About two weeks ago I got a notice from a reader regarding an upcoming bourbon event. It turns out that he is also the designer of the label and packaging of this upcoming release. As I am also a designer who loves whiskey, I felt that there were some fun questions here to be answered. What follows is our conversation.
So tell me a little about yourself, are you a bourbon drinker? What's your go-to pour?
Go-to pour? Quick answer, without over-thinking it would be Knob Creek, 9-year bourbon. That's my "every-day" favorite. But there sure are a lot of other options if you're in one mood or another. I got into whiskey via Old Overholt Rye! From there I acquired a taste for Maker's Mark Bourbon and Bulleit and it's been a bonanza of new experiences since then. I greatly enjoy Woodinville Whiskey's Microbarrel Bourbon and Rye. The bourbon is surprisingly mature for it's young age. I'm also enjoying the proliferation of Scotch-style, American single-malt whiskeys that are showing up. I guess it's hard to pick a favorite right now, when every week brings a new product to try - especially here in the Northwest. I can't even keep up with all the new releases. Eastland is doing some interesting things. So is Clear Creek. And I still have plenty of classics to get to know as well. I guess I can't afford to latch on to anything at the moment. There's so much yet to learn.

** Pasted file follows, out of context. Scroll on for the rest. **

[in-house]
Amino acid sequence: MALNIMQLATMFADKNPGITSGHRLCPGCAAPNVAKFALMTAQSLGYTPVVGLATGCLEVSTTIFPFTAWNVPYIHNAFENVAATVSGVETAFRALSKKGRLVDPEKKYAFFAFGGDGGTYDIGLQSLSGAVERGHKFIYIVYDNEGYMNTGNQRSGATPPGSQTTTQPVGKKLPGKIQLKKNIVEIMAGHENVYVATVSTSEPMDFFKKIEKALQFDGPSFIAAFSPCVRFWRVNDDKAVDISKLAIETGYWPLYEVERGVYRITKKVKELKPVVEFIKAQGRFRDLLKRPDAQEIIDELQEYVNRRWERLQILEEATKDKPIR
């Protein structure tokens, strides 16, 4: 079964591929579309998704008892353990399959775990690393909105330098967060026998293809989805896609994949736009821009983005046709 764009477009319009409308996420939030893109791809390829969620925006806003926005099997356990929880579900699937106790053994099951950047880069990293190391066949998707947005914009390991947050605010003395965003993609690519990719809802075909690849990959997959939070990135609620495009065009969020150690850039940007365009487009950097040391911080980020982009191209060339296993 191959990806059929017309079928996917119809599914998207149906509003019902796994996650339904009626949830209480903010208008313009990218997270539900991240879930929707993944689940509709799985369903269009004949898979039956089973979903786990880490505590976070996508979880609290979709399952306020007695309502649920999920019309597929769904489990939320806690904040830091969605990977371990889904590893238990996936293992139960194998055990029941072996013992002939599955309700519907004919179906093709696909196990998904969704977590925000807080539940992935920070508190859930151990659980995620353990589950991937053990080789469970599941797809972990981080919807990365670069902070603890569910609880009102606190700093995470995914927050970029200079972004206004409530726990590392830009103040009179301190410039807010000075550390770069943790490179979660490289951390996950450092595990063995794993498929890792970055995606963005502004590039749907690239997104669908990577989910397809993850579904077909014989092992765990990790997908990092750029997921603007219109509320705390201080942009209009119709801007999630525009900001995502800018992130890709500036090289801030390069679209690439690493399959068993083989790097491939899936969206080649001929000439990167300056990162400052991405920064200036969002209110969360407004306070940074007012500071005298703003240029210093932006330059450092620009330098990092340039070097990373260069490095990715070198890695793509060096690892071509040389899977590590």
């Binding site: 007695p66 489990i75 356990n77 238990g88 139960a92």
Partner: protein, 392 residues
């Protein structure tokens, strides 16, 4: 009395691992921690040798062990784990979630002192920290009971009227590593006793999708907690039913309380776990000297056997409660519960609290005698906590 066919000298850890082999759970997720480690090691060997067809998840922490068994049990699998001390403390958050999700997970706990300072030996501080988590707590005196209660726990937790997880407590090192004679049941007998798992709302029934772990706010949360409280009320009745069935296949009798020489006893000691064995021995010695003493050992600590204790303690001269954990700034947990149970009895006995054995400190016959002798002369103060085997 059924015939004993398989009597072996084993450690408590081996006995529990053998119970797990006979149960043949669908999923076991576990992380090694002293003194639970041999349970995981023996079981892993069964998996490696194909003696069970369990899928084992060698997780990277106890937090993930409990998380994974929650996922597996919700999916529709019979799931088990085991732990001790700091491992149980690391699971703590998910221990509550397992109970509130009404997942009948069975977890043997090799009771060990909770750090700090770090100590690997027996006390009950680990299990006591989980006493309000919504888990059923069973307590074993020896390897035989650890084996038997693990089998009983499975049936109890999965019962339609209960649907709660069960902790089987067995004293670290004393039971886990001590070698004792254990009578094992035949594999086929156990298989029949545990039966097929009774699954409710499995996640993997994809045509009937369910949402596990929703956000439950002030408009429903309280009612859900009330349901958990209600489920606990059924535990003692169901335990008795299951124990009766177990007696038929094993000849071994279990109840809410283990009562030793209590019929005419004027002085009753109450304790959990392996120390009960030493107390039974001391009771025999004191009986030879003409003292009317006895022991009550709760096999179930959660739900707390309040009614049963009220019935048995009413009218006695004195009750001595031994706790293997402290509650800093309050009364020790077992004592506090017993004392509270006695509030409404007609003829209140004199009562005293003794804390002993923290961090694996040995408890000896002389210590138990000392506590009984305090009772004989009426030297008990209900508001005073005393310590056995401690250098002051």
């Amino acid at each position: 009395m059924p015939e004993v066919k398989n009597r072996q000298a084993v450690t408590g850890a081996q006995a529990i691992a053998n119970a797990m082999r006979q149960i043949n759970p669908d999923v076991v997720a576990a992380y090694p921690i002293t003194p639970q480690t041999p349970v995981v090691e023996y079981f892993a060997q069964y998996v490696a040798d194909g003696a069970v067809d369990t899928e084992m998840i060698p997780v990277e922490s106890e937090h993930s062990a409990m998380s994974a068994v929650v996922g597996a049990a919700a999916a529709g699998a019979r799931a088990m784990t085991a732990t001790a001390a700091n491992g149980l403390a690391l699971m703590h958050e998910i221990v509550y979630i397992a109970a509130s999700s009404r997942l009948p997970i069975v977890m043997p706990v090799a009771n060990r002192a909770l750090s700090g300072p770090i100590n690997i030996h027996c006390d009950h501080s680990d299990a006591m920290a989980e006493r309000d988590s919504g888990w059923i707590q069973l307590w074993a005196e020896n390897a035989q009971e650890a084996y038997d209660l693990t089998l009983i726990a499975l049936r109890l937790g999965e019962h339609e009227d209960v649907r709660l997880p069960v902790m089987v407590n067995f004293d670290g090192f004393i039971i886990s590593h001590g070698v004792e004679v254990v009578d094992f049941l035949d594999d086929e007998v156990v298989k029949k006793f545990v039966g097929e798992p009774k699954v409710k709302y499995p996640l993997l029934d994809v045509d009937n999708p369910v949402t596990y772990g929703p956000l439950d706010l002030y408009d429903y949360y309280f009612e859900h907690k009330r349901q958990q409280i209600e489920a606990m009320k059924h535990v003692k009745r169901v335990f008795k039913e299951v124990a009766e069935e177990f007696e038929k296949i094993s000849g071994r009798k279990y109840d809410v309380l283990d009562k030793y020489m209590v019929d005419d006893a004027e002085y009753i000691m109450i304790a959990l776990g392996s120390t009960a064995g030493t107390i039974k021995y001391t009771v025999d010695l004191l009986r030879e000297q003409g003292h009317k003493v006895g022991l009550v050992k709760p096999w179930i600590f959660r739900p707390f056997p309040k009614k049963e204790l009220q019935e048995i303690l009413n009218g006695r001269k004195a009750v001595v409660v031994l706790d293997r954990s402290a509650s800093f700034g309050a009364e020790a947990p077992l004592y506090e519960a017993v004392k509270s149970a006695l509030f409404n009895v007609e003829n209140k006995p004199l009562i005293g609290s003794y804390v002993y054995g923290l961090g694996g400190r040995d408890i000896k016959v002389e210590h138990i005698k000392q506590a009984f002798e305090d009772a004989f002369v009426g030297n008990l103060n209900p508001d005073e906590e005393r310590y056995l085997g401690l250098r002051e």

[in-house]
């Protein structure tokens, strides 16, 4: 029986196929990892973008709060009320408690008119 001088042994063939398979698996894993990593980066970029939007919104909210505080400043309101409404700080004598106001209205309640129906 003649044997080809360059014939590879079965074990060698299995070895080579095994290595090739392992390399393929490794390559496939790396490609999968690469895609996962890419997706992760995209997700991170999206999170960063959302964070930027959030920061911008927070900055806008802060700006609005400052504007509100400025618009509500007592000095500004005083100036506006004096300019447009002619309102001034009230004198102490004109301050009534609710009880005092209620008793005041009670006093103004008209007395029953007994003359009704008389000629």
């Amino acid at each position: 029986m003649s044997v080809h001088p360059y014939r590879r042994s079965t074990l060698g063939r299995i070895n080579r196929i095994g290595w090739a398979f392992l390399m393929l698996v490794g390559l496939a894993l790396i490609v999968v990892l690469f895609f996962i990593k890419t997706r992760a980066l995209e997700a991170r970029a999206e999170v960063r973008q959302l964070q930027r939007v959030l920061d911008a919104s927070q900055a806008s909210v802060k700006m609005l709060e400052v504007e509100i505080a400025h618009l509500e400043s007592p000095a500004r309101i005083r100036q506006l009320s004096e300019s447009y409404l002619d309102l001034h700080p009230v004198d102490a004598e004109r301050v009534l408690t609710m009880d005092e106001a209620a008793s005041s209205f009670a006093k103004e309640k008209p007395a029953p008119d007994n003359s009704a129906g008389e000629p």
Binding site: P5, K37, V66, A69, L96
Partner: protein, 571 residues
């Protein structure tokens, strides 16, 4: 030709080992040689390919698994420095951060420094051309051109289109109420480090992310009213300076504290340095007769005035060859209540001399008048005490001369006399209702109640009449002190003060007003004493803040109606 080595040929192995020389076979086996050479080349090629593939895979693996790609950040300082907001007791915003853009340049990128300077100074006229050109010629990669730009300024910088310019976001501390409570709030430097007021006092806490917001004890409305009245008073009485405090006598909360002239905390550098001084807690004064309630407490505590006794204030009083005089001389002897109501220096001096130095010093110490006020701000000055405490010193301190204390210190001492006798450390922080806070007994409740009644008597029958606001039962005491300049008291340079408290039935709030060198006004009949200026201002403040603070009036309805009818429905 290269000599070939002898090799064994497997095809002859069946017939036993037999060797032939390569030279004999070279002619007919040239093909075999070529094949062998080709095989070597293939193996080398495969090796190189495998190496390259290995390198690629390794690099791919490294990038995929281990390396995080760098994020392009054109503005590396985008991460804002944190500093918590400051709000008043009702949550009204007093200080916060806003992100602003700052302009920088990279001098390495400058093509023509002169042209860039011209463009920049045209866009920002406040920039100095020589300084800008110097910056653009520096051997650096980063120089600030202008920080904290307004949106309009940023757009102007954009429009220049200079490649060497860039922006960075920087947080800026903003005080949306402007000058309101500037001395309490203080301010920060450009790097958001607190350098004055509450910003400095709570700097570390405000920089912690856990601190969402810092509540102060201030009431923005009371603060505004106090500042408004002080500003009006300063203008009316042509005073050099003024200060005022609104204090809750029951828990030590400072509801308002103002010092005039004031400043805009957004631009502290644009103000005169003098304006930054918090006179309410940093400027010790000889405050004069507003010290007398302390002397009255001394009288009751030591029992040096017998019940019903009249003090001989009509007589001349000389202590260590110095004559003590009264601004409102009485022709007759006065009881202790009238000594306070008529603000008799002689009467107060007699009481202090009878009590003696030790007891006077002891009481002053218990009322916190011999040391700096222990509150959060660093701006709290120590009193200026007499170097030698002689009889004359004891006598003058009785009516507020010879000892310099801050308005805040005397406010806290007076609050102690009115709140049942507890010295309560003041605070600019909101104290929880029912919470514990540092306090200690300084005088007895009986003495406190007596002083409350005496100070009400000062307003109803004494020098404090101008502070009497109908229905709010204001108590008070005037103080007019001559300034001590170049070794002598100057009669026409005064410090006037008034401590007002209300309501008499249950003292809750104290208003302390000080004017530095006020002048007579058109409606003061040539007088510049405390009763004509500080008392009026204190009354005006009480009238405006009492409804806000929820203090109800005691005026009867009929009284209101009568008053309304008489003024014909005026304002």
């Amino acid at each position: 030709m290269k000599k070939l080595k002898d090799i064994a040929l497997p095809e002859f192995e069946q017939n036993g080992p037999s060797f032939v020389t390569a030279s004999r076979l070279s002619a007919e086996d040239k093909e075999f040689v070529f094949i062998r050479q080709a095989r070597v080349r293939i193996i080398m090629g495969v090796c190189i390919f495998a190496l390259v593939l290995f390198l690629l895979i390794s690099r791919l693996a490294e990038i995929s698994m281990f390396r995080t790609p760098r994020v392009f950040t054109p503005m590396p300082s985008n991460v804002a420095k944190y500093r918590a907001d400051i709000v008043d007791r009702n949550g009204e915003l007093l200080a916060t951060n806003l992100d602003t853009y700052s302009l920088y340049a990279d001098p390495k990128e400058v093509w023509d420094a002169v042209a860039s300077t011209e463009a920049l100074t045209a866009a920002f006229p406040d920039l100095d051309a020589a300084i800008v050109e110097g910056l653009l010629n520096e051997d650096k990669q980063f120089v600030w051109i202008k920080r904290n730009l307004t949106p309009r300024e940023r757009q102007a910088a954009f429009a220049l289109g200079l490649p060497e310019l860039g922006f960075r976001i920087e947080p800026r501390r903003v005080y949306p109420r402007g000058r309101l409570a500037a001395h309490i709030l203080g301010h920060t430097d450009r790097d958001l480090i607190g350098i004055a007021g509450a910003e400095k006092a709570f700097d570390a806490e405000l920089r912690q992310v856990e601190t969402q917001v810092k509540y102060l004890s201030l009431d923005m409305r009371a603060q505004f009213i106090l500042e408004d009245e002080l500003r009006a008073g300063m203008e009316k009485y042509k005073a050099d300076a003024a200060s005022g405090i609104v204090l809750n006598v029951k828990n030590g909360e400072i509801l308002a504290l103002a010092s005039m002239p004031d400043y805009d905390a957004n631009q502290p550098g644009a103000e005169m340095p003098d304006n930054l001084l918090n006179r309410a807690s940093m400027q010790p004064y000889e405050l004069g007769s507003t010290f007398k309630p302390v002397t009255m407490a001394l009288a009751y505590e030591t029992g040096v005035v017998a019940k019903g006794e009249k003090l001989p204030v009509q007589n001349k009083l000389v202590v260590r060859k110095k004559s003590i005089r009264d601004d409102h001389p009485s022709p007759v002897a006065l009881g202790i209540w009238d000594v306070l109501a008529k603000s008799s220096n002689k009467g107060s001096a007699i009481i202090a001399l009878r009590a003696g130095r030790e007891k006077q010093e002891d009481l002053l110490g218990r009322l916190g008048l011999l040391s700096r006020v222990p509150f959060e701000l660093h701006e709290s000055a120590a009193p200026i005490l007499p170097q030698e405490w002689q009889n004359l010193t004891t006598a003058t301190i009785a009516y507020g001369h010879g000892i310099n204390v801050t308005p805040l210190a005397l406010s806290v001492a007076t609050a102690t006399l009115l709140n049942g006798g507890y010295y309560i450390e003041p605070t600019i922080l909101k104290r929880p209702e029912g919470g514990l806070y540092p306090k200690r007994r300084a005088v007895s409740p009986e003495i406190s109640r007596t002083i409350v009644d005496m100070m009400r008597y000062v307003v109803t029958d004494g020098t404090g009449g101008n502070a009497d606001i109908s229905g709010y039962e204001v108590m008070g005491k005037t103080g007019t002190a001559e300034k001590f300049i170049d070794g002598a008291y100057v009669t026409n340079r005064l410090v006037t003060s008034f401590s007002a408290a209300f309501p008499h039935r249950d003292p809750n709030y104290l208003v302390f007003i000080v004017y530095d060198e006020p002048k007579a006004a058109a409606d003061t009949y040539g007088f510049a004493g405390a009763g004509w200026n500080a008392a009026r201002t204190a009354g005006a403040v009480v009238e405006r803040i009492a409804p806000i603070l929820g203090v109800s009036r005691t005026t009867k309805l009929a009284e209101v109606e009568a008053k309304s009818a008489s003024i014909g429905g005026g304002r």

Like me, you are a designer. Unlike me, you design for bourbon bottles. How'd you get started with that specialty?